Agility and puppies


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Puppy learning weave pole. Photo by Bohm Marrazzo Photography.

Agility is an excellent way to help an active puppy burn off some energy while having fun at the same time he is building a bond with his owner. While strenuous training is not recommended, or requiring the puppy to jump at full heights, the puppy can learn a lot of the basic foundations that make up agility.

Puppies can be introduced to agility equipment such as a low tire jump, low tables and boards. They can be taught to sit or down on the pause table and be introduced to the closed chute. A low see-saw can be used, as well as a board that imitates the dog walk, but that is either lying on the ground or just above it.  While weave pole training is not recommended until the dog has reached maturity due to his length of stride, open poles can be introduced or laid flat on the ground. Open poles is where the poles are tilted and open, but not so far tilted down that the puppy feels that he should jump over them.

Several different directional commands can be trained also. These are what trainer and competitor Diane Bauman calls “The Four Ways.” This consists of a call-to, send, run-by right and run-by left. You can teach the puppy to perform an obstacle by moving to you on the call-to.  This is where you would place your puppy on one side of the obstacle and have him stay, or be held by a helper, and you would call him to you over the obstacle. Once the puppy is understanding the call-to, you can work with him on the send, where he is sent away from you to an obstacle that is in front of you. When the puppy is comfortable with these, then you can begin to teach the run-by left and run-by right. This is where the puppy will approach an obstacle while either on your left side or right side as you go by it, and complete the exercise in front of him. It is very important to teach the puppy to work on both sides of you when doing a run-by, so that he will be comfortable with both and execute them with no difficulties.

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Afghan Hound learning “touch.” Photo by Bohm Marrazzo Photography.

Puppies can also be taught to a target or touch board. A target is something that the dog is trained to touch while the touch board is a target that is in the shape of a flat board. These fit nicely onto the contact equipment such as the dog walk and A-frame. To train the target, the target may be a plastic lid, a piece of cardboard, or wooden board. Remember that it is easier to teach the dog to touch it with his paw if the target is large rather than small. The touch can be from either the dog’s paw or the dog’s nose, whichever the dog seems to prefer. Smaller dogs with short legs seem to prefer the nose touch, whereas tall dogs seem to prefer to use their paw.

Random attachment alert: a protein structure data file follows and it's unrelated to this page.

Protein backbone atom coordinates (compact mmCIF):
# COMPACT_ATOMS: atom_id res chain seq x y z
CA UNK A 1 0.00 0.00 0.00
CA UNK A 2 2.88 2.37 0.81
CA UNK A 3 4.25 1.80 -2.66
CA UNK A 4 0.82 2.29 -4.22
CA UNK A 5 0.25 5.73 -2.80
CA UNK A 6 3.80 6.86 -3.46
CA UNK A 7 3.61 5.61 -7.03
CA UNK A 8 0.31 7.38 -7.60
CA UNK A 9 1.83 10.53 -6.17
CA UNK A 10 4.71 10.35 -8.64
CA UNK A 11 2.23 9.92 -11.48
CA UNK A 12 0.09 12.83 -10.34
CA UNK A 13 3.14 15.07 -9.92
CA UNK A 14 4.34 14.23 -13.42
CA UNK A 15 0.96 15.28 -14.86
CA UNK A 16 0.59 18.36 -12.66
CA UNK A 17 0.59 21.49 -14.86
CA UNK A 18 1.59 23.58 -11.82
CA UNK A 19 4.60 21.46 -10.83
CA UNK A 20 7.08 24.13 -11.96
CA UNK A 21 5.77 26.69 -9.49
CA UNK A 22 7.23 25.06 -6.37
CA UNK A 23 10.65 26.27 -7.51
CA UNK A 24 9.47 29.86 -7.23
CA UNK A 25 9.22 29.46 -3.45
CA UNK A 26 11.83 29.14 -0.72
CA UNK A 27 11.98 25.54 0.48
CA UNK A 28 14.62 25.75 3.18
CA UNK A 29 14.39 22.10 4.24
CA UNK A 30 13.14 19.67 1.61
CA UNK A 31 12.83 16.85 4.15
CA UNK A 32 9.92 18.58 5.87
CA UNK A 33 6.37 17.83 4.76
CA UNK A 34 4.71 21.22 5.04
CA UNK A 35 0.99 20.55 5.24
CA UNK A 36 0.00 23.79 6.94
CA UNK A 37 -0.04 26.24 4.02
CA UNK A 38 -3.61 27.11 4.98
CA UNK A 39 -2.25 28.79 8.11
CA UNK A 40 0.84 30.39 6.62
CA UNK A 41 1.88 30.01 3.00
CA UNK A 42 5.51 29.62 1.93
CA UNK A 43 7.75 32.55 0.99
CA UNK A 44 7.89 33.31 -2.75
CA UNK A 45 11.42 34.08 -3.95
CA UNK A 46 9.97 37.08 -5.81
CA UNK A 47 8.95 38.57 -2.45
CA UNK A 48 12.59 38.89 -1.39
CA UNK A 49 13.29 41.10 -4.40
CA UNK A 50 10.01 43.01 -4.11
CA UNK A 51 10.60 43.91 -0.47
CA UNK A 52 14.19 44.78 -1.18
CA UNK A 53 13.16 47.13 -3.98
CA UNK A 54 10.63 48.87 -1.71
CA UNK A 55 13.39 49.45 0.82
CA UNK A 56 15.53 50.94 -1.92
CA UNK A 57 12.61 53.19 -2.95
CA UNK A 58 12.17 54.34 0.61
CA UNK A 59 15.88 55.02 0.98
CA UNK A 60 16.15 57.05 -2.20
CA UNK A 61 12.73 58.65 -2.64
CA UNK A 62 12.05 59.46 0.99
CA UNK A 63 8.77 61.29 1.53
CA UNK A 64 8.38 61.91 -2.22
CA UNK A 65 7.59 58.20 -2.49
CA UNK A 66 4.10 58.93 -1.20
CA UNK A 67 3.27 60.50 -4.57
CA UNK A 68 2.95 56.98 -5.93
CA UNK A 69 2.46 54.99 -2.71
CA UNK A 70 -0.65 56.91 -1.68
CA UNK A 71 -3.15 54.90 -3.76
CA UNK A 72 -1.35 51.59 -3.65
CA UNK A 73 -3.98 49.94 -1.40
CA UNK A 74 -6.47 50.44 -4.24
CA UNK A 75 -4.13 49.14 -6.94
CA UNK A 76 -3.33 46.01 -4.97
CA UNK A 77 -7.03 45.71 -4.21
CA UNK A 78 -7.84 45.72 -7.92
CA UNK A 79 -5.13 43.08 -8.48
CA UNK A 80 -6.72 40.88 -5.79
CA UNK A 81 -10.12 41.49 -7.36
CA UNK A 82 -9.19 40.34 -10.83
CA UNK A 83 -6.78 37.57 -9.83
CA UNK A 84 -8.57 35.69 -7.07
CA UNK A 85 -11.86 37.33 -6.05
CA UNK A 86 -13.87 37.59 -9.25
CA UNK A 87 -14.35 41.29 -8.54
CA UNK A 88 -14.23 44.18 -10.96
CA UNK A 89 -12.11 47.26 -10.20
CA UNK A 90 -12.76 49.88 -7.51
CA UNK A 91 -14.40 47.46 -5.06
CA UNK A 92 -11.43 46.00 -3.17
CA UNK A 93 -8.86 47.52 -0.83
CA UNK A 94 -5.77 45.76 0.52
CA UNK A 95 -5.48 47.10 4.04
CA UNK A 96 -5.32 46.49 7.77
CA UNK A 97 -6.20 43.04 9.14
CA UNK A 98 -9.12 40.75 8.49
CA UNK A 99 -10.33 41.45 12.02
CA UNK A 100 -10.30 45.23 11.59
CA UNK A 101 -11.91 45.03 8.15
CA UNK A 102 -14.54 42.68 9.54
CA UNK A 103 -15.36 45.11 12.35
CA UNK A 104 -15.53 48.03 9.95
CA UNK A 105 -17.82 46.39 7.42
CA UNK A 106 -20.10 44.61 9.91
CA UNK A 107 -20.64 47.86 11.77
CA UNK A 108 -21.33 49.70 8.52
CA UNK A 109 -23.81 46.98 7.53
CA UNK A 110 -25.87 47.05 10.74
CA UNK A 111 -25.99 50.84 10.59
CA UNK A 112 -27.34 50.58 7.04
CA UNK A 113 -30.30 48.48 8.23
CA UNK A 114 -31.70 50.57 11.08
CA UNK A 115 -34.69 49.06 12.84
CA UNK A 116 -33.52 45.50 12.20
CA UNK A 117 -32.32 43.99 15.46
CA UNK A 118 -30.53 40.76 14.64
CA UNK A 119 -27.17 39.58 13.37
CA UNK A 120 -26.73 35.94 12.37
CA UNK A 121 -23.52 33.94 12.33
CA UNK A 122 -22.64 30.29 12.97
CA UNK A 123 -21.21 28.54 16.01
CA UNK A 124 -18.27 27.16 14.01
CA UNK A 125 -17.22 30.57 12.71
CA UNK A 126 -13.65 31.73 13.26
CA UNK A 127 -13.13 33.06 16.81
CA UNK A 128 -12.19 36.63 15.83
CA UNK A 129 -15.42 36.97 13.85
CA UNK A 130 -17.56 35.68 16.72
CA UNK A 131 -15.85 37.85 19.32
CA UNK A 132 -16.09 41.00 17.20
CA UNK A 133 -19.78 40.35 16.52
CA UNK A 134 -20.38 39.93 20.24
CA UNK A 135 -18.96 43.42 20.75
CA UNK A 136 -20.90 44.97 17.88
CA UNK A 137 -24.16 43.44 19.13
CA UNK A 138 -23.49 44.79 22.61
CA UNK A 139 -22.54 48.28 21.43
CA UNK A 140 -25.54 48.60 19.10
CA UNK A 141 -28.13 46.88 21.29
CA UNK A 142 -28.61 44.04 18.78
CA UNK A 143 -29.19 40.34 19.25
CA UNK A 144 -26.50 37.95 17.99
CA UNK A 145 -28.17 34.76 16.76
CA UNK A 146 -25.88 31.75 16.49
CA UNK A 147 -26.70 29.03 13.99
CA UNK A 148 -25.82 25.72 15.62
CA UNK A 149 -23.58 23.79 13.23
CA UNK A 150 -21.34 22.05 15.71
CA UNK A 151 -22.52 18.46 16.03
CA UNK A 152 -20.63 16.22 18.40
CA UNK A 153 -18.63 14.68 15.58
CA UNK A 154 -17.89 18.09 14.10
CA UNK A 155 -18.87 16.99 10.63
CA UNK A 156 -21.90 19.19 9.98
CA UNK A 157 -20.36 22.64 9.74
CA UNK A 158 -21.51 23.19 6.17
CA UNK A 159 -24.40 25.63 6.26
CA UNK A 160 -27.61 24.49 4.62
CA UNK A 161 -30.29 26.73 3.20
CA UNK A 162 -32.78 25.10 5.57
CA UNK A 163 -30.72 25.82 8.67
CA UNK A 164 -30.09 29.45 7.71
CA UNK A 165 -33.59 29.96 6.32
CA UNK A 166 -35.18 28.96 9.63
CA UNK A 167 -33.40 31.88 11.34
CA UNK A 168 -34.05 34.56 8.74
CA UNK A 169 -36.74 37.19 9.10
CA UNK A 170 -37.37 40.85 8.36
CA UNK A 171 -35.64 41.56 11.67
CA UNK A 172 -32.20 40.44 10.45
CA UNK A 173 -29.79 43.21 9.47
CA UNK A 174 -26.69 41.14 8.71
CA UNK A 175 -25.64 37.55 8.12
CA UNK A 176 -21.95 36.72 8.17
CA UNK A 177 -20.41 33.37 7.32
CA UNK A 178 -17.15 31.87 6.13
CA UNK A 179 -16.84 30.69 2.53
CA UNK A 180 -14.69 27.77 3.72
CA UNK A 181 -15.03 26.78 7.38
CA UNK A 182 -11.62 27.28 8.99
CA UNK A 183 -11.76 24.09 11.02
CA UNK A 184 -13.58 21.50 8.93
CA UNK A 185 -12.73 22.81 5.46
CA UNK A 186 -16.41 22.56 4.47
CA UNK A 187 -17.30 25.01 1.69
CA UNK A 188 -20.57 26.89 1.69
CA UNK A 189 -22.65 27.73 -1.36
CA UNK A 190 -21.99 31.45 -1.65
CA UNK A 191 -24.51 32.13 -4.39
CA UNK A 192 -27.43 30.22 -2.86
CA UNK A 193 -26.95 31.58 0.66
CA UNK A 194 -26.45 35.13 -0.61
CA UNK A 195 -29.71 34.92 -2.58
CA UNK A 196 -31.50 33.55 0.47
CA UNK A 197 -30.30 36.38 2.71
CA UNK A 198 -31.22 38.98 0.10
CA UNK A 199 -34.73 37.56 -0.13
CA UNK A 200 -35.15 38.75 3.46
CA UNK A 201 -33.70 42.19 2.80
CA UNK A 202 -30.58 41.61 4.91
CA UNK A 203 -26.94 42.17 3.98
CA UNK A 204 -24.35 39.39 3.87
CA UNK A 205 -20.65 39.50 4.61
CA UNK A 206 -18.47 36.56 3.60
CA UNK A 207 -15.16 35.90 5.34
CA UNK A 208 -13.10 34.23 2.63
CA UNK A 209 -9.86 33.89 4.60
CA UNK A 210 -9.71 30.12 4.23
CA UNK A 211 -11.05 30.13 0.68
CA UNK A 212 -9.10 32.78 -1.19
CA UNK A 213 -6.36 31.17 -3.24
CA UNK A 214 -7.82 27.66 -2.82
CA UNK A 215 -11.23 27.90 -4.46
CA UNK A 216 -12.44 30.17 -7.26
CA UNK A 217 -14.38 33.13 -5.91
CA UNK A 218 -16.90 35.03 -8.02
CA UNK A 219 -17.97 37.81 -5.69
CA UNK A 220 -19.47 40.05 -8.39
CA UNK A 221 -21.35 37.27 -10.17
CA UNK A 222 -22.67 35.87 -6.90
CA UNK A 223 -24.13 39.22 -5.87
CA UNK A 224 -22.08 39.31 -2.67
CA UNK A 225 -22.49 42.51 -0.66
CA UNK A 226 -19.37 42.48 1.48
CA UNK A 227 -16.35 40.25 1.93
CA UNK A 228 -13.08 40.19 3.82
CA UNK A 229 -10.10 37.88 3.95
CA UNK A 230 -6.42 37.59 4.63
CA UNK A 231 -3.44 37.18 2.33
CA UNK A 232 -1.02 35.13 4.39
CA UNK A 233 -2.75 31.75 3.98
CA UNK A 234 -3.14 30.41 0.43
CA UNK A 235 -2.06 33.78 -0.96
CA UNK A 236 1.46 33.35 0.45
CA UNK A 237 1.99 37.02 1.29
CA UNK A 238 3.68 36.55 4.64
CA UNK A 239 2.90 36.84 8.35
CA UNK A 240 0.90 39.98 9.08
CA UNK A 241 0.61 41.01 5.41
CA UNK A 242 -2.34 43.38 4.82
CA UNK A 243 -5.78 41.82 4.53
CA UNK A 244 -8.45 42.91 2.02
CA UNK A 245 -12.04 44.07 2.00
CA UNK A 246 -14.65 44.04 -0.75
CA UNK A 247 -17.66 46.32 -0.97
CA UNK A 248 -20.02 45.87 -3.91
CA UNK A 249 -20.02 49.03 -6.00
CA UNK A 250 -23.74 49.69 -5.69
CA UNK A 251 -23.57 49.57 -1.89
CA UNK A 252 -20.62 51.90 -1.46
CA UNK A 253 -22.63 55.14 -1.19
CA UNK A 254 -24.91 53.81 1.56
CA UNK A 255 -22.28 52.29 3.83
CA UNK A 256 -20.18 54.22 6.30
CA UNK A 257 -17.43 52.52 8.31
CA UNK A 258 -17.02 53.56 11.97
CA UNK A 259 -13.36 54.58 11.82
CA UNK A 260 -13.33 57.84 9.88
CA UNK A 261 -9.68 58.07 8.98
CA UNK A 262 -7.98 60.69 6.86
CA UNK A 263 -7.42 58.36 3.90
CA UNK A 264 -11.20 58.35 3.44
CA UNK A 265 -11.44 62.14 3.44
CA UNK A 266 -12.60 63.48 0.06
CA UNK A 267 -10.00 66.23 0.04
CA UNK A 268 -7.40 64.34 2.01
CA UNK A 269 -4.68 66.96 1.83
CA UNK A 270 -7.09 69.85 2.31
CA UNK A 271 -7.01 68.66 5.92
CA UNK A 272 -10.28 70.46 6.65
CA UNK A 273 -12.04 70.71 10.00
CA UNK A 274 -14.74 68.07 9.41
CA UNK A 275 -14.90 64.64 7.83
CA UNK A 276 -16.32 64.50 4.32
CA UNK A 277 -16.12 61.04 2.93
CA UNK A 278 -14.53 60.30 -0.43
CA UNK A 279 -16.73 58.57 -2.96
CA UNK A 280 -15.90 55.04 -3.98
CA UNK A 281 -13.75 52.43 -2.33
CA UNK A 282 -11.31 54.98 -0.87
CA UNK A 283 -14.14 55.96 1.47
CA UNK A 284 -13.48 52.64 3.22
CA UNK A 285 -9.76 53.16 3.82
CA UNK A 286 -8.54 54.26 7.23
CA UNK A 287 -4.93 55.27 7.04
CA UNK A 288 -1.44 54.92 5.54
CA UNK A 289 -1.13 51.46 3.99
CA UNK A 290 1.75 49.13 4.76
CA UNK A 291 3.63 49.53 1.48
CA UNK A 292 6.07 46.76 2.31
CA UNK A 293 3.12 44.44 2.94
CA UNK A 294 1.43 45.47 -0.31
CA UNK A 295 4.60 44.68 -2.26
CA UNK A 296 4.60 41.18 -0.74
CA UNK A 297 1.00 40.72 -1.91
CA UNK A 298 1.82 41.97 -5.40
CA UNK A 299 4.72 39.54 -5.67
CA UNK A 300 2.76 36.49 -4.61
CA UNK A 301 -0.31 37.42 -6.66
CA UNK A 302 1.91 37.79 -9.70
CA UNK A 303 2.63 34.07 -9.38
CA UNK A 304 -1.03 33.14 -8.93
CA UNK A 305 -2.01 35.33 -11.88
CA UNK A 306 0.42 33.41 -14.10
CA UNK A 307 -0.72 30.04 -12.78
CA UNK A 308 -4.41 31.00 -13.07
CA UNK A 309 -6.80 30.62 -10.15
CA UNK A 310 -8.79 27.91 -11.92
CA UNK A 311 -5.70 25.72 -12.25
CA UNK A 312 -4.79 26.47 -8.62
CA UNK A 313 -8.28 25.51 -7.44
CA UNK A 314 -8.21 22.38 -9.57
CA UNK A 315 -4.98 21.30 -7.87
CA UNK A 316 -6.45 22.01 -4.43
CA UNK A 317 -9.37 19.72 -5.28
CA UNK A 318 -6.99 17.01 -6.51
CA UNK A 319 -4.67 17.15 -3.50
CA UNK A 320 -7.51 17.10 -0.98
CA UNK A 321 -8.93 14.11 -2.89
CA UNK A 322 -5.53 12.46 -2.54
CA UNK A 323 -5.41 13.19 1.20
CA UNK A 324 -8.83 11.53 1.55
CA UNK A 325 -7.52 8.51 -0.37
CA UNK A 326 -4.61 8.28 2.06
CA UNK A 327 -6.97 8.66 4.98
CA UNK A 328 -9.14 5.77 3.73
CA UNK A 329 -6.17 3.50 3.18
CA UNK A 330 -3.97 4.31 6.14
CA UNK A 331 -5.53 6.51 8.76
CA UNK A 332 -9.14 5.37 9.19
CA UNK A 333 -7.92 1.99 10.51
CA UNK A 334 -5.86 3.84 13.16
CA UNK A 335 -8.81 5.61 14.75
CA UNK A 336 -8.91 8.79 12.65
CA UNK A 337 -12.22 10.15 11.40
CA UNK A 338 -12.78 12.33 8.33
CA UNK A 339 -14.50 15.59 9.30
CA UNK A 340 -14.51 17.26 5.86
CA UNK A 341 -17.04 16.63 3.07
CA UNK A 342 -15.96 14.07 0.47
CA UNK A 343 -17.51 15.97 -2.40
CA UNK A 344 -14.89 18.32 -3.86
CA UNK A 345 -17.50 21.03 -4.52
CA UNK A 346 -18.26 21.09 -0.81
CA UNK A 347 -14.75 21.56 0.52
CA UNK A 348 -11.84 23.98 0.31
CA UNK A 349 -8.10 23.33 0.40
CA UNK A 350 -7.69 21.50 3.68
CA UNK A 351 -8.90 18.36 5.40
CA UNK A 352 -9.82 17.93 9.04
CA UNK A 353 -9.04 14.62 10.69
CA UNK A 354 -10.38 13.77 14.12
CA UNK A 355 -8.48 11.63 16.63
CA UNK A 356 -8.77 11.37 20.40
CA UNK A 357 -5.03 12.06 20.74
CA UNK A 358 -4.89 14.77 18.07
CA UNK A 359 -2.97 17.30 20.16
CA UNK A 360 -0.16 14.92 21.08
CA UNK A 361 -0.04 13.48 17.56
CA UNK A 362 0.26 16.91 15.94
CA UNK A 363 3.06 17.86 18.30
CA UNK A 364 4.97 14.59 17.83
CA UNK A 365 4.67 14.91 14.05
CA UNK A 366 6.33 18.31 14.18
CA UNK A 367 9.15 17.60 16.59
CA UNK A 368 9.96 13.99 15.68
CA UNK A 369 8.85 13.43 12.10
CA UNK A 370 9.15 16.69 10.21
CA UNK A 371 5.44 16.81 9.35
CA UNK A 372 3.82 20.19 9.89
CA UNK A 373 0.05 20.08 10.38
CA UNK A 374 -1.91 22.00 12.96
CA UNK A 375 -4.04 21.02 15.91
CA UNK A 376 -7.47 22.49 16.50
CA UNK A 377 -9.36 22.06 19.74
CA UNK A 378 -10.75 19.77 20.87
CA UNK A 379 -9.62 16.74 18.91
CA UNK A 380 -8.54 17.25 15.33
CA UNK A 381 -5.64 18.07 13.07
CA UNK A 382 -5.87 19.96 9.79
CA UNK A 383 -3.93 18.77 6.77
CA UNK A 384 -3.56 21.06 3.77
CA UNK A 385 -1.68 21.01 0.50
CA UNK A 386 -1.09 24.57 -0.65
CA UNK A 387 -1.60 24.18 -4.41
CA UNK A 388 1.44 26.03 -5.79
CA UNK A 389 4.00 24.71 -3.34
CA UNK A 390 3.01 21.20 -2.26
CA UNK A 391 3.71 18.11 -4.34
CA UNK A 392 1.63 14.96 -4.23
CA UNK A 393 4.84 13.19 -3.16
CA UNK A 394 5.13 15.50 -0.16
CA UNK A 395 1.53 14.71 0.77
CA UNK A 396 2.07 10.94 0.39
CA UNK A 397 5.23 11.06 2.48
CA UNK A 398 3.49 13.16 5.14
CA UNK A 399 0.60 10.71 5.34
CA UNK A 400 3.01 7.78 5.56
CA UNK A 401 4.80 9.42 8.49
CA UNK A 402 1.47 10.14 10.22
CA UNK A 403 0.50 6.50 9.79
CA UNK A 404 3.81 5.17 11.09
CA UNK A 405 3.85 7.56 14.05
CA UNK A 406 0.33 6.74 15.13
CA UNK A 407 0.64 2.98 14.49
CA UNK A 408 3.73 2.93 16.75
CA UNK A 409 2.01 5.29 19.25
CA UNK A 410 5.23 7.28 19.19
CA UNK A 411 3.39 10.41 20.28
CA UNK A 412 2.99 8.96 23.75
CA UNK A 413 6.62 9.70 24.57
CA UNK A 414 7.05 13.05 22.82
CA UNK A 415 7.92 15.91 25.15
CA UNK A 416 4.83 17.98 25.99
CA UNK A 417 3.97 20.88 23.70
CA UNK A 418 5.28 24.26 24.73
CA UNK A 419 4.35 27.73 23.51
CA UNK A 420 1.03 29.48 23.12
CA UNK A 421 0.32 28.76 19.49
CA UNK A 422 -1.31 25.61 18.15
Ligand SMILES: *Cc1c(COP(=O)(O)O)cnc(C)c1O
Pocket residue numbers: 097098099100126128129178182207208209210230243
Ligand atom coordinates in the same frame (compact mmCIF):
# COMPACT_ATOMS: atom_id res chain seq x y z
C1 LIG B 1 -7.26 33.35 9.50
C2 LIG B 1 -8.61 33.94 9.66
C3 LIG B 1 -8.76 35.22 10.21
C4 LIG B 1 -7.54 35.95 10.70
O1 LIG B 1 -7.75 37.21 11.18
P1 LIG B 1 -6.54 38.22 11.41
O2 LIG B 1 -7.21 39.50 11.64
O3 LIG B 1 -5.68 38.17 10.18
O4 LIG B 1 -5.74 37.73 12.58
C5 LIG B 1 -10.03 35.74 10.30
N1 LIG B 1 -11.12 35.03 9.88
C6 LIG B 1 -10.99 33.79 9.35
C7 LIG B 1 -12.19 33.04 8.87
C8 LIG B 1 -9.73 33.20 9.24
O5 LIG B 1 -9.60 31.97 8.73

Commands can also be introduced to the puppy. These include sit, down, stay, okay (or another release word), here, close, turn, back, run, out, and whoa.

  • “Sit” is used at the start line and on the pause table, while the down is used at times on the pause table, at the start line and to help teach contacts.
  • “Stay” is used at the start line and sometimes on the pause table.
  • “Okay” is used as a release word meaning that the dog is released from the last command, but another command may quickly follow. The okay must be taught so that the dog does not read your motion, but understands that he is released from the last command.
  • The command “here” is to have the dog move toward you and line up in the same direction that you are facing so that he looks for the next obstacle on the course.
  • The “close” command is used when you want the dog to remain close by your side and not execute the obstacles around him.
  • The “turn” is for a 180 degree turn away from you, either on your right or left. If the dog is on your right, he should do a 180 degree turn to the right, if on the left, a 180 degree turn to your left. This is for directing him to obstacles that are very close to each other.
  •  “Back” is taught so the dog can switch leads and arc away from you. Since a dog naturally leads with either front foot, in order for him to change directions, he must be told when to switch leads.
  • “Run” is used for distance work when you are at least one obstacle behind him. With “run,” the dog should continue in a straight line and take the next obstacle.
  • “Out” is the opposite of “here,” as you want the dog to move away from you laterally.
  • “Whoa” is used so the dog shortens his stride, mainly for jumping and up contacts.

The puppy should also know his name and respond to it by turning his attention to you. It is important to not overuse or abuse the puppy’s name. Make sure the puppy has a positive connection to it and that you do not call him to you to punish him or use it so much for no real reason and the dog learns to ignore it. When training him, call his name and when he gives you eye contact, toss a reward to him. Always keep his name upbeat and interesting.

Progress as the puppy tells you that he is ready to move on. With patience and consistency, the puppy will mature into an excellent and confidant agility competitor.

To learn how to take your puppy all the way to a MACH title, read Diane L. Bauman’s book (with Jessica Ajoux) Agility Start to Finish.

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